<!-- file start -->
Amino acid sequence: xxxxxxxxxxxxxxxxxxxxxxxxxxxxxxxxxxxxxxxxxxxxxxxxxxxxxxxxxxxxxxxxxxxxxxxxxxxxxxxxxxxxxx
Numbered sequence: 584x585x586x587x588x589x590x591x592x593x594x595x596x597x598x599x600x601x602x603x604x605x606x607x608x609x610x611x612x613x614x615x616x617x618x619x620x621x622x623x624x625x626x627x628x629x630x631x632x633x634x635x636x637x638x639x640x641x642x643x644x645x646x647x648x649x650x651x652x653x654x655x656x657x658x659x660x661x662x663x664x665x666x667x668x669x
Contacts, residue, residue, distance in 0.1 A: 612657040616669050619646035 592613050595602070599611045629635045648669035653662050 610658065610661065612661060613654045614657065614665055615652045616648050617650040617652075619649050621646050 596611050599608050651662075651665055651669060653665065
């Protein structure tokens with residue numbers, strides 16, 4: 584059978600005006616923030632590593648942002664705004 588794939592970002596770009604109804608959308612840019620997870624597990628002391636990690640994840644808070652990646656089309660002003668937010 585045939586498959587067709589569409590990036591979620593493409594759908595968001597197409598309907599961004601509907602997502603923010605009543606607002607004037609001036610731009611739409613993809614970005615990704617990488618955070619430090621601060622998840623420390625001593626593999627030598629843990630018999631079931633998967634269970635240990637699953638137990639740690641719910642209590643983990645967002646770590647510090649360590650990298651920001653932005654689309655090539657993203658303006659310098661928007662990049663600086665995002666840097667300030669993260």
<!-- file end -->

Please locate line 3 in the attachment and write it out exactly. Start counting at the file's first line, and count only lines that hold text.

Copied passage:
Contacts, residue, residue, distance in 0.1 A: 612657040616669050619646035 592613050595602070599611045629635045648669035653662050 610658065610661065612661060613654045614657065614665055615652045616648050617650040617652075619649050621646050 596611050599608050651662075651665055651669060653665065